S. Korea again urges N.K. to accept dialogue on family reunions

South Korea on Tuesday renewed its call for North Korea to accept its latest dialogue offer, vowing to continue "multifaceted" efforts to resolve issues of war-torn families and ease border tensions.

Kim Sun-hyang, acting president of the Korean Red Cross, announcing South Korea's offer for talks on holding separated family reunions with North Korea on Aug. 1. (Yonhap)

Kim Sun-hyang, acting president of the Korean Red Cross, announcing South Korea's offer for talks on holding separated family reunions with North Korea on Aug. 1. (Yonhap)

The call came as North Korea fired a second intercontinental ballistic missile in less than a month Friday, spurning Seoul's proposals for talks, source from the Yonhap.

Tuesday is the day on which the government offered to hold Red Cross talks to resume reunions for families separated by the 1950-53 Korean War.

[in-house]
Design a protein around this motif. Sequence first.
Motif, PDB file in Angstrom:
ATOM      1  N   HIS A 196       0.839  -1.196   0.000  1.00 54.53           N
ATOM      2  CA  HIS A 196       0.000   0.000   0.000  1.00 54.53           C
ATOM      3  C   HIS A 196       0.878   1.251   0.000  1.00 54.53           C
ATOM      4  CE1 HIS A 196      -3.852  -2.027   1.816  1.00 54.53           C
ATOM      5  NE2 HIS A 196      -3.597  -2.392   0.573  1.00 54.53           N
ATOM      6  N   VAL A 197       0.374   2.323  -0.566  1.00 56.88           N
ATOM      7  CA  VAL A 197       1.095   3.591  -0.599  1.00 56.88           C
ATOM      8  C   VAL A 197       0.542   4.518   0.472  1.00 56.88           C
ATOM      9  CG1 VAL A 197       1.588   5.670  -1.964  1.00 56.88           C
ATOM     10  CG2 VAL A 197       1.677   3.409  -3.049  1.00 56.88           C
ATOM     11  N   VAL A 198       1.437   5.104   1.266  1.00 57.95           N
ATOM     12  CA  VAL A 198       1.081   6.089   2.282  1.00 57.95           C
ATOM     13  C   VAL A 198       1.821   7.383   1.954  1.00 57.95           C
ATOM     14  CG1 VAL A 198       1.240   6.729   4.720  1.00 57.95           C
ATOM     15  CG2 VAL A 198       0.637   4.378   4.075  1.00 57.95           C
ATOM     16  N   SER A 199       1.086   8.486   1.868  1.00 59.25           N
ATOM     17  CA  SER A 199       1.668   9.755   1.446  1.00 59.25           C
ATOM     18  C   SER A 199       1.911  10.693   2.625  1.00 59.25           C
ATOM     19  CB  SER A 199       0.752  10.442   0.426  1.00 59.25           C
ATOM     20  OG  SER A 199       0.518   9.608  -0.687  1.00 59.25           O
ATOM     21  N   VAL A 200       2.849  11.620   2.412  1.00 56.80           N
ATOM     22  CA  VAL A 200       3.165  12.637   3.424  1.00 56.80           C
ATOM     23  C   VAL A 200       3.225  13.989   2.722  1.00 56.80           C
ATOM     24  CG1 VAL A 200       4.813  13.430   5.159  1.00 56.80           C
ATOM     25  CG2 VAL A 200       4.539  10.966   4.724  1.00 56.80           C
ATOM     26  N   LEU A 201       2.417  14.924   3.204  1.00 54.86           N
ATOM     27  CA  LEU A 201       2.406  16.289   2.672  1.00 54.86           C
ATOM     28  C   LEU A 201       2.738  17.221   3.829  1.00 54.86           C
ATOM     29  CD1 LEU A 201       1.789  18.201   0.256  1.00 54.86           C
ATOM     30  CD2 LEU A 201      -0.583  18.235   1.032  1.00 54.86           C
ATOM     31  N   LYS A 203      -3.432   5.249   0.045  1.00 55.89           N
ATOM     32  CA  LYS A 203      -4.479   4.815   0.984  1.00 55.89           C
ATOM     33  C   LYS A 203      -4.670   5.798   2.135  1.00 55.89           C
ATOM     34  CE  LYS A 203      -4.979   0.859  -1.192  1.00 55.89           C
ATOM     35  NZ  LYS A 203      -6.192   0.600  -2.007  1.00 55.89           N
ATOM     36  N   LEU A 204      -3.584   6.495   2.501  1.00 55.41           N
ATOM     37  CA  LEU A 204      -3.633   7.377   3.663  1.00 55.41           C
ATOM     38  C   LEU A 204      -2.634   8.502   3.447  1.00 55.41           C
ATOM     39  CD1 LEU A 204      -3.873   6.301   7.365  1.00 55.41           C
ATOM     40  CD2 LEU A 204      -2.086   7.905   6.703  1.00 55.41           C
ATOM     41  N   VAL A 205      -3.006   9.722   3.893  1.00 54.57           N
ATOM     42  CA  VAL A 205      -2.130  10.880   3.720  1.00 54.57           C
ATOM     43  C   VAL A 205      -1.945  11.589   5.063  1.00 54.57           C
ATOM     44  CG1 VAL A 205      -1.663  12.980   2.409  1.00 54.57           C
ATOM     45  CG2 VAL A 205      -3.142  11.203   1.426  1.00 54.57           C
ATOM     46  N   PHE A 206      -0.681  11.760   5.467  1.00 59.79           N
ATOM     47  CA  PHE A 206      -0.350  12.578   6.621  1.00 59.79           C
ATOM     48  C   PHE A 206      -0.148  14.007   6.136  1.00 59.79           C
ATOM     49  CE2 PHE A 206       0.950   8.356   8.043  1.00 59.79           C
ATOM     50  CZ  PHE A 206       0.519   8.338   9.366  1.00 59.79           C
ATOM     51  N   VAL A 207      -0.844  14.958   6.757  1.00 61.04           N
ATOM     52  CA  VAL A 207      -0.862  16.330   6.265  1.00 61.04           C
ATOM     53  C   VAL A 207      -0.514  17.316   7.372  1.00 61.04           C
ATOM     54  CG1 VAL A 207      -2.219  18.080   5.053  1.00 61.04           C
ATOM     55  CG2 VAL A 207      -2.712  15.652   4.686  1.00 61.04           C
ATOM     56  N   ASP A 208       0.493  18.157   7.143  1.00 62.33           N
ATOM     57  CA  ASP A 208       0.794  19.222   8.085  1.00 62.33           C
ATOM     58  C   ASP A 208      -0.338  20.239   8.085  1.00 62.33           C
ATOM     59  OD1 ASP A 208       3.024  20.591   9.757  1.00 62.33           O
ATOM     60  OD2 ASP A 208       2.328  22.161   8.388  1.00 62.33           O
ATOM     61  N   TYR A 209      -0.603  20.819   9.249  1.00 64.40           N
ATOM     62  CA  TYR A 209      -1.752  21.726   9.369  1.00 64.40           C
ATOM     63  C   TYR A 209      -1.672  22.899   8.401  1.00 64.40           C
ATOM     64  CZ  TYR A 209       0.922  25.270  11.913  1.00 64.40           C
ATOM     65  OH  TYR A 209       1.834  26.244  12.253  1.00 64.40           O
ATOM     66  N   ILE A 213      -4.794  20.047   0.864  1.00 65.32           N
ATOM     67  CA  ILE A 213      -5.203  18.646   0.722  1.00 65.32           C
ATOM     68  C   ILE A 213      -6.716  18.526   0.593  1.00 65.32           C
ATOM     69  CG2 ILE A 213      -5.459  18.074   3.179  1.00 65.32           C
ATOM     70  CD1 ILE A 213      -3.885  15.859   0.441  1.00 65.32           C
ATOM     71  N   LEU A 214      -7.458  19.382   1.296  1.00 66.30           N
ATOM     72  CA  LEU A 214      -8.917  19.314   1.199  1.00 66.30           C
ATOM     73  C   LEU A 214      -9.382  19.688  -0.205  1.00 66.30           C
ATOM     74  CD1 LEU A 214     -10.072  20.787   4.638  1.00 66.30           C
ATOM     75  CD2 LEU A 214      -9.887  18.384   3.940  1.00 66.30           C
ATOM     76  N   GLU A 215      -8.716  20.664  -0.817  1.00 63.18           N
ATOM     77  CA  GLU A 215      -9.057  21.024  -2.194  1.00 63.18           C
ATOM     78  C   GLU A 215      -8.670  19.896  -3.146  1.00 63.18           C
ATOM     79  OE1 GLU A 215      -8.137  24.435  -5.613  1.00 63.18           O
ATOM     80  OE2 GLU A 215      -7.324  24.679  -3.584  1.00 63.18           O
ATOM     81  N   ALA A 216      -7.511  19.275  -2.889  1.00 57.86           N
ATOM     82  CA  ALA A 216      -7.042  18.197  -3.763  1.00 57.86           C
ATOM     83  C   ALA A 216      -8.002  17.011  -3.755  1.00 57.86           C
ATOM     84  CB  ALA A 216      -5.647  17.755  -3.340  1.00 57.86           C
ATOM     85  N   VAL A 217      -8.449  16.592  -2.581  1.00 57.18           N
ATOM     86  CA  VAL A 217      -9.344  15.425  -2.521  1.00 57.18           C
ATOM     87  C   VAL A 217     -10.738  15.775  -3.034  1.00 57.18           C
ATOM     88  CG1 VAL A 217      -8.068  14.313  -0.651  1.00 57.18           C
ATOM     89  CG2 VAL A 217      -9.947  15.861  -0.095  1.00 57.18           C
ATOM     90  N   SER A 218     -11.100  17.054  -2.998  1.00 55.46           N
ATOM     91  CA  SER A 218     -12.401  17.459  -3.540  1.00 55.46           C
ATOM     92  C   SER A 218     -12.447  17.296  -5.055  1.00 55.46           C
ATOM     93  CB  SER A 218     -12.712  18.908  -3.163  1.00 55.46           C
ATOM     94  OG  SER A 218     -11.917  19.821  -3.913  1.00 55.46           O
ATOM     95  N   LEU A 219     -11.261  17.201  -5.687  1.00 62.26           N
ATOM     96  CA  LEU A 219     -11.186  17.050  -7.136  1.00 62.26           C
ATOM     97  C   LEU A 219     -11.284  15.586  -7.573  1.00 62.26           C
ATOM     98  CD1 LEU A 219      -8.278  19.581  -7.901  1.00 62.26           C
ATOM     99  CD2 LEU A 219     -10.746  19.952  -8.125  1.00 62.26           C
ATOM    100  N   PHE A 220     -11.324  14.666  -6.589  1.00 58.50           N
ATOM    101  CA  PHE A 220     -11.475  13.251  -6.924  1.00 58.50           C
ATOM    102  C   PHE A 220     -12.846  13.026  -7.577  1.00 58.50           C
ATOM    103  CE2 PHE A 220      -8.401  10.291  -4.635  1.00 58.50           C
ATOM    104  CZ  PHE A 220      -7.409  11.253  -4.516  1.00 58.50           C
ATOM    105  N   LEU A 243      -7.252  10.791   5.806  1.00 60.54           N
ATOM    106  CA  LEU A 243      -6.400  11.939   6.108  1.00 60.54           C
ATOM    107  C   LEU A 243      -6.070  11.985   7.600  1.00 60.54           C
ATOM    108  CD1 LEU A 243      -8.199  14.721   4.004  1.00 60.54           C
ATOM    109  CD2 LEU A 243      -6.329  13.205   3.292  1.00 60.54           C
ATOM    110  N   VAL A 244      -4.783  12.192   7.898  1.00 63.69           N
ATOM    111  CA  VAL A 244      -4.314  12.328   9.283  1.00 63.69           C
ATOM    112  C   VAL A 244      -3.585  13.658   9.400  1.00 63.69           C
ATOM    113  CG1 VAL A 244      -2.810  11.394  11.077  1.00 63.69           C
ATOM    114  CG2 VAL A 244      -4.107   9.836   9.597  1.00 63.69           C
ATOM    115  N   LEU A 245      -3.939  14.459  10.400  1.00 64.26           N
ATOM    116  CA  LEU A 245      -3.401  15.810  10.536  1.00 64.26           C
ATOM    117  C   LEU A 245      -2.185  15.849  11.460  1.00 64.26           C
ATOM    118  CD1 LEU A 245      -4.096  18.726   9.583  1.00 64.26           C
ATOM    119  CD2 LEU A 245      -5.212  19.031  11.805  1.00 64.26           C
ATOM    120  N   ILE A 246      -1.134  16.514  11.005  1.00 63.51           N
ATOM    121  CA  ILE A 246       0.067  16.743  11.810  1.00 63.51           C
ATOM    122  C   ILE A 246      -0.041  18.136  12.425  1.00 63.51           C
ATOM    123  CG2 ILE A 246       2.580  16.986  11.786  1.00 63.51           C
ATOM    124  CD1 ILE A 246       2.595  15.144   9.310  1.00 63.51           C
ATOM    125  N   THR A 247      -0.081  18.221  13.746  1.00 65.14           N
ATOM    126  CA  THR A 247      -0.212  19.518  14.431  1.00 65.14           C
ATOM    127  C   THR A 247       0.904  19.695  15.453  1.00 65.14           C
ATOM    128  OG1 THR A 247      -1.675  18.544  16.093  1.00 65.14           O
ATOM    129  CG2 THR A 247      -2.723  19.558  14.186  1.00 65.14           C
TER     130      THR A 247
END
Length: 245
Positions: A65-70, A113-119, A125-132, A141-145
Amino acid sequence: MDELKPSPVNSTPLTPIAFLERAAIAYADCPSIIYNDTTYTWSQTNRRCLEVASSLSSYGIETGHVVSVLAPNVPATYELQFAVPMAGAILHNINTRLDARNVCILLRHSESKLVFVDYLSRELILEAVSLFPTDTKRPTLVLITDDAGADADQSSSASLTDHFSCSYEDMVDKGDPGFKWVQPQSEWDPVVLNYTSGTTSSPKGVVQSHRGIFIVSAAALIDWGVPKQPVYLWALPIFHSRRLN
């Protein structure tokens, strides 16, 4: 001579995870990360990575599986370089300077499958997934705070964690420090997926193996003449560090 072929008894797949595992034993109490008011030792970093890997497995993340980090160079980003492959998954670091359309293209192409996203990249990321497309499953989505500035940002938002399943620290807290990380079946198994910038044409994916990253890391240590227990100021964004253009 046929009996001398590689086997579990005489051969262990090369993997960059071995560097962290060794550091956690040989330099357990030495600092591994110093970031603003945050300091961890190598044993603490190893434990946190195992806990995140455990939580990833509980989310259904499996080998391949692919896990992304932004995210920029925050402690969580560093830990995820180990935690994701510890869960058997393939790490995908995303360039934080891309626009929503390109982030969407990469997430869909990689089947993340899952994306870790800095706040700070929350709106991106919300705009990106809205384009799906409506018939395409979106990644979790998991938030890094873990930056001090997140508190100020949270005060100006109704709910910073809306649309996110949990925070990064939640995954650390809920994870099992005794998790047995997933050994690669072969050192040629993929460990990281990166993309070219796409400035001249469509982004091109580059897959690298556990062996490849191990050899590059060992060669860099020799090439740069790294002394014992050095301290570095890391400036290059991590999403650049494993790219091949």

"The government is calling on North Korea to respond to Seoul's dialogue offer. We will make multifaceted efforts to resolve humanitarian issues and ease military tensions," said a government official, without elaborating.

The issue of separated families is one of the most pressing humanitarian matters for the two Koreas as more aging Koreans have passed away without being able to meet with their kin on the opposite side of the tense border.

The South also previously offered to open military talks with the North on easing border tensions on July 21, but Pyongyang did not respond to it.

Touching on a census on North Koreans, the official dismissed a report that South Korea withheld its move to consider giving around US$6 million in support to help finance the project amid North Korea's missile tests.

North Korea earlier said that it plans to conduct a preliminary survey of its population in October with technical support from the United Nations Population Fund (UNFPA). The census is slated for next year.

It would mark the North's first census since 2008, when the South provided Pyongyang with $4 million by tapping its inter-Korean cooperation fund.

"(The government) will make consultations with the U.N. agency to enable the South's opinions to be better reflected," the official said.

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